Humans and Weapon Classes in Pit People

The Pit People closed betas have come and gone, but we’re still processing all of the wonderfully helpful feedback we got from all of the beta testers! In case you missed it, the first thing we did was pull some of the stats from both betas and combined some of the most interesting ones into an infographic. We’re continuing development based on a lot of feedback and once we have an update for the game, we’ll post here.


Until then, we’ve got another unique Pit People fighter post! For the first time in Pit People blog history, we aren’t looking at strange creatures; This time we’re focusing on the most cornerstone fighter of them all. The human!

(Just in case anyone is wondering, no, we have not covered all of the creature types in Pit People just yet! More to come..)

Ah, humans. Adaptable. Reliable. They can equip 3 types of items simultaneously. A main-hand item, an off-hand item, and armor. They can be ranged or melee. They can bring heavier weapons, lighter weapons or even find elemental infused items! They can be the hero of the team which allows them to bring heavier setups that no normal human could. So many choices with these Pit People.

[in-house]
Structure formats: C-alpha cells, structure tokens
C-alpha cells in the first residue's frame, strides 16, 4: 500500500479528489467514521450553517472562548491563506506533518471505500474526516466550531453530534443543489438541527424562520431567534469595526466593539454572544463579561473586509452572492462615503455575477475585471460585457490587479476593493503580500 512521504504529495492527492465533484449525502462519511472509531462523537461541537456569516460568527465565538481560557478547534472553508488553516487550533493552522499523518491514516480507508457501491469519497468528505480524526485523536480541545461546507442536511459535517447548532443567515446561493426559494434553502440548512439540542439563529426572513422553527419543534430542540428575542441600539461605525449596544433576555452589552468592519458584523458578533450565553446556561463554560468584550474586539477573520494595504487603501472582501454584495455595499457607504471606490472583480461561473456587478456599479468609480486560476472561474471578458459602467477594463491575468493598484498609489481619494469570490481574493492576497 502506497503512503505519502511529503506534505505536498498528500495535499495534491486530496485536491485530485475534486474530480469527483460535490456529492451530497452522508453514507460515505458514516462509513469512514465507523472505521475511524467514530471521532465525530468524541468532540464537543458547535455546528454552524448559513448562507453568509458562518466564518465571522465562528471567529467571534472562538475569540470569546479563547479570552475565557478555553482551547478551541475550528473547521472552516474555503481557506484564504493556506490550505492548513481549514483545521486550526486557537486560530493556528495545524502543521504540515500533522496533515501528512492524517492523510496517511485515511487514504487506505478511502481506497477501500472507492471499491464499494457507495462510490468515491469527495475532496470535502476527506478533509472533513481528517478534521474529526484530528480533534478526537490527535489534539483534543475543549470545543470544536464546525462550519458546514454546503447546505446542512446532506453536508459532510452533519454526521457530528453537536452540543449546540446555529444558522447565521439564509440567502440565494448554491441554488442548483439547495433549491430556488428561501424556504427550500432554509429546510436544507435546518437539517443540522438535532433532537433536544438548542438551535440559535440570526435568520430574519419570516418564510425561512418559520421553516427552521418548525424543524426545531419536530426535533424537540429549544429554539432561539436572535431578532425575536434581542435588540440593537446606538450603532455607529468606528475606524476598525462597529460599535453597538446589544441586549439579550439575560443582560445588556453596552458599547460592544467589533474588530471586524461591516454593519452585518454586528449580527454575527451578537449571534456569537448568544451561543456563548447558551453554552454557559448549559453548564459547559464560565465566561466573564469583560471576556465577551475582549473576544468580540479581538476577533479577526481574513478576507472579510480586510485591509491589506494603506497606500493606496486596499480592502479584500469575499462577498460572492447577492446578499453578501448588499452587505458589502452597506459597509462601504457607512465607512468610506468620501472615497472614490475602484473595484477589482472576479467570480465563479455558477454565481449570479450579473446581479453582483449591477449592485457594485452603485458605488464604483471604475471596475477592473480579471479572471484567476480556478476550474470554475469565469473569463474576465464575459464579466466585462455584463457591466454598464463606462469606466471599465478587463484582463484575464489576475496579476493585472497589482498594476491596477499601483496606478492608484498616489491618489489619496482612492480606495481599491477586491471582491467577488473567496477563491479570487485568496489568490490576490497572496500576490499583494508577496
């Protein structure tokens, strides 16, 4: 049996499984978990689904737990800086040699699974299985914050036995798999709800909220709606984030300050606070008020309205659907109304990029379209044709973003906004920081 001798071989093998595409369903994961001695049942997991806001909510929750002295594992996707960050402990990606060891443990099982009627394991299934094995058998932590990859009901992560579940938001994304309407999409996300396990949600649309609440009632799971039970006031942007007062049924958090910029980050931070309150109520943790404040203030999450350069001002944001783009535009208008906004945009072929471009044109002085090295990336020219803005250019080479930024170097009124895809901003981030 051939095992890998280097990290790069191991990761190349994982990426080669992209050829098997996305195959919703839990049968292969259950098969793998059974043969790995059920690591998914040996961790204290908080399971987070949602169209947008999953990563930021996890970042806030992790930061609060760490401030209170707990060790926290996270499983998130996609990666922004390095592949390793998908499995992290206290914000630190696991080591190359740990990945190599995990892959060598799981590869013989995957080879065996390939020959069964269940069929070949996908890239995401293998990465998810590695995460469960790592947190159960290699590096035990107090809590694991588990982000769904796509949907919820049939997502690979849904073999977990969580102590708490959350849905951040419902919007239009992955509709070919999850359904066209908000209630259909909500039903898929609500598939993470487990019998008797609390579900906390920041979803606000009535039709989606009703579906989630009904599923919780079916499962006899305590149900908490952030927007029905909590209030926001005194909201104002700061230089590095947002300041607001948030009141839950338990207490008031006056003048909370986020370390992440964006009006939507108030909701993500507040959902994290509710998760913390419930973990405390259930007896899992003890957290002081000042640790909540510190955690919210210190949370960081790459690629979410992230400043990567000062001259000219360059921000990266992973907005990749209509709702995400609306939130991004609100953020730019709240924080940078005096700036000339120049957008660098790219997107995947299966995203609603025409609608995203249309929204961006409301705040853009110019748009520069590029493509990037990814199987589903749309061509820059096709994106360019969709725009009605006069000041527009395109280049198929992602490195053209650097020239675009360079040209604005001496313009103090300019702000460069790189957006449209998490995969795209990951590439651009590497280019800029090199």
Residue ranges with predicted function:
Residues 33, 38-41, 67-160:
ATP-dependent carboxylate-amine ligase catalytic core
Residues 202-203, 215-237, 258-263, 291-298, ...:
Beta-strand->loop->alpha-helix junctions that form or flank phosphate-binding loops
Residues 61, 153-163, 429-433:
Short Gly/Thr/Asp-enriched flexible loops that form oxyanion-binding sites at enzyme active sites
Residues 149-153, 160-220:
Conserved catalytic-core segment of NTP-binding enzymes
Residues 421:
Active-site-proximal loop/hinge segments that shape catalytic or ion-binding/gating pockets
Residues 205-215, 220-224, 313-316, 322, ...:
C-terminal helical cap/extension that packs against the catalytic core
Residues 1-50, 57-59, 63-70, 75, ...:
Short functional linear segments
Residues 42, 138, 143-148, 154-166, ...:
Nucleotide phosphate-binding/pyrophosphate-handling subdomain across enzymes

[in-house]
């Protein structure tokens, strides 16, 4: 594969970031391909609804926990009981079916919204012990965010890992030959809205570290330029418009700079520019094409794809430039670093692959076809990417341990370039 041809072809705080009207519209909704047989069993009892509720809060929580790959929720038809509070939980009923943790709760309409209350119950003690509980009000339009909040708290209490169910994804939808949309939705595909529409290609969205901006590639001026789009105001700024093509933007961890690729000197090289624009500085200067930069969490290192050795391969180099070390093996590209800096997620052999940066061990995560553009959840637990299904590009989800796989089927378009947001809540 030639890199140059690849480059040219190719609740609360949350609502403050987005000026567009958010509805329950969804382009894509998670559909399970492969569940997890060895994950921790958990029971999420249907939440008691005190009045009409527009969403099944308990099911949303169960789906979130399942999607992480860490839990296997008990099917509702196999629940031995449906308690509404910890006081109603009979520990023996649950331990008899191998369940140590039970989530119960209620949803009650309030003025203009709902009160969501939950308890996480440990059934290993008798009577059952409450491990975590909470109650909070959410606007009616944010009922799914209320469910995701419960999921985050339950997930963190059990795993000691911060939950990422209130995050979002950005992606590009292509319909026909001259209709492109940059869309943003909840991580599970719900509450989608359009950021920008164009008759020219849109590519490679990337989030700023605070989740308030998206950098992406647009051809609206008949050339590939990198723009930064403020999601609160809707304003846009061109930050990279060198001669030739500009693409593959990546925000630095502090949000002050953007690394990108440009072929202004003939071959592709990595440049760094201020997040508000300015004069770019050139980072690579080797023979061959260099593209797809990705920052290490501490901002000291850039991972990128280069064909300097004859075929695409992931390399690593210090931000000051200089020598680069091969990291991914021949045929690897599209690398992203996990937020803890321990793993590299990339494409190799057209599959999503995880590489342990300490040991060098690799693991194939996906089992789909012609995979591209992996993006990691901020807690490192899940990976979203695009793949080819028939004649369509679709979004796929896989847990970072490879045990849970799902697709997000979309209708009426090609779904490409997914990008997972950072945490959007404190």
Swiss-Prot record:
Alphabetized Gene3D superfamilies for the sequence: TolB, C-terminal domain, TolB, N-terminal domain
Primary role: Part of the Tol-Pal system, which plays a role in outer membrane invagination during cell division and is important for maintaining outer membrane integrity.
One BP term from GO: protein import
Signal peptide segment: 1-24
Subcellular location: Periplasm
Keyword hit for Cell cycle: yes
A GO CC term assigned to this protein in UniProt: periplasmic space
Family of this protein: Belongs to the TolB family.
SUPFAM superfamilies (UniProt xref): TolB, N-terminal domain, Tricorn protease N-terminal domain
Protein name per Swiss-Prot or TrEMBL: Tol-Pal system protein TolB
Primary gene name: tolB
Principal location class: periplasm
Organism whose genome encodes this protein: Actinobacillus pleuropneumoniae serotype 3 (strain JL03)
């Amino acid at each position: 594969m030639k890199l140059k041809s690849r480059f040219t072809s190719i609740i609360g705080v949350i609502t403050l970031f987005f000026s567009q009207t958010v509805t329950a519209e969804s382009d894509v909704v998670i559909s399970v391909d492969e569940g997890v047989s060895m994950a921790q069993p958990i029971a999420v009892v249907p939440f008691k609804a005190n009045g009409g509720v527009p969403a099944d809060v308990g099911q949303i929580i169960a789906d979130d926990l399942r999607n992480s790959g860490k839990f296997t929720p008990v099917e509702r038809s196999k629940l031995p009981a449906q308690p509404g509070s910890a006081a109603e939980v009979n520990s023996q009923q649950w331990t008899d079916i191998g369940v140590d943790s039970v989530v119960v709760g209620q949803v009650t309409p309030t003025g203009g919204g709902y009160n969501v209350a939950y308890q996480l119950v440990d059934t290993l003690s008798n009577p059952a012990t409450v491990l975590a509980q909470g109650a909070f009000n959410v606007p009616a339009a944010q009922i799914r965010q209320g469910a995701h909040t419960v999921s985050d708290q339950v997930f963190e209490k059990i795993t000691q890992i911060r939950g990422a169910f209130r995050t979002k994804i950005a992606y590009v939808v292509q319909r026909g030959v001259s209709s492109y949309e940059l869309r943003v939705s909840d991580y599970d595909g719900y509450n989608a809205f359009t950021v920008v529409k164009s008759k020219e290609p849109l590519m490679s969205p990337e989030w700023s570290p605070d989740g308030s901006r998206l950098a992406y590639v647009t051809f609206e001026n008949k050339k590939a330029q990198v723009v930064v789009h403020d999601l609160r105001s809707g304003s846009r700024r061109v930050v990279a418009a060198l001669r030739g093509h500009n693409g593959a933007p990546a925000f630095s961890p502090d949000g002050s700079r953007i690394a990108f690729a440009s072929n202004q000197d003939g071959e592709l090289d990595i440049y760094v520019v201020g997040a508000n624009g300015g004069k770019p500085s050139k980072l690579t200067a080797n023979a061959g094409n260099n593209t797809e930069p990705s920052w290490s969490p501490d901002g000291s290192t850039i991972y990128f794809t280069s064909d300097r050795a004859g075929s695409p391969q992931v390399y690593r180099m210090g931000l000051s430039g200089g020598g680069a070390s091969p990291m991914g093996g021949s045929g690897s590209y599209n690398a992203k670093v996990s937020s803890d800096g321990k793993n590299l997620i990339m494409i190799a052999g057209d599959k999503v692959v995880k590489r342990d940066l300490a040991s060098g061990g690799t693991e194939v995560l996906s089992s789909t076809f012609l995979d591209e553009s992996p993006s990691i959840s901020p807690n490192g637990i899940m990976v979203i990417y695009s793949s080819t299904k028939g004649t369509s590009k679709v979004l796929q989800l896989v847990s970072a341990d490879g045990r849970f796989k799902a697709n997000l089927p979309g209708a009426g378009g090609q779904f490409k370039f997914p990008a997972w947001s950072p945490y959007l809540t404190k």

Let’s break down a little bit of that and make it digestible.


Melee Gear


Mallets & Helmets


First thing’s first — in Pit People, everyone aims for their enemy’s head when striking. That being said, if humans wear a helmet they’re now clad in armor! While helmets are great against many attacks they’re particularly strong against medium sword attacks (which happen to otherwise be reliable on damage).


This is where mallets come in. Mallets are the anti-armor choice of Pit People.



Heavy sword & Medium Mallet against heavy helmet wearing enemies

Fighter types that have the ability to don a helmet (As of October 2016):


  • Human / Demiclops (melee or ranged)
  • Pixie
  • Spidaur
  • Zombie
  • Cyclops



Heavy sword & Medium Mallet against medium helmet wearing enemies

Now the same pair of attackers striking medium helmets. A heavy sword still isn’t at full potential while the mallet still maintains more total damage by comparison.


FUN FACT: Wearing armor on your head allows you to somehow walk through spikes or fire while taking less damage. Videogame logic, but what-ev.


Hmm. If helmets have that big weakness to mallets, then why not just bring fighters without helmets? Well, heavy swords would be just one of those reasons. Behold as the heavy sword does the most damage in one turn against an unarmored defender, while the medium sword achieves a sizeable hit as well!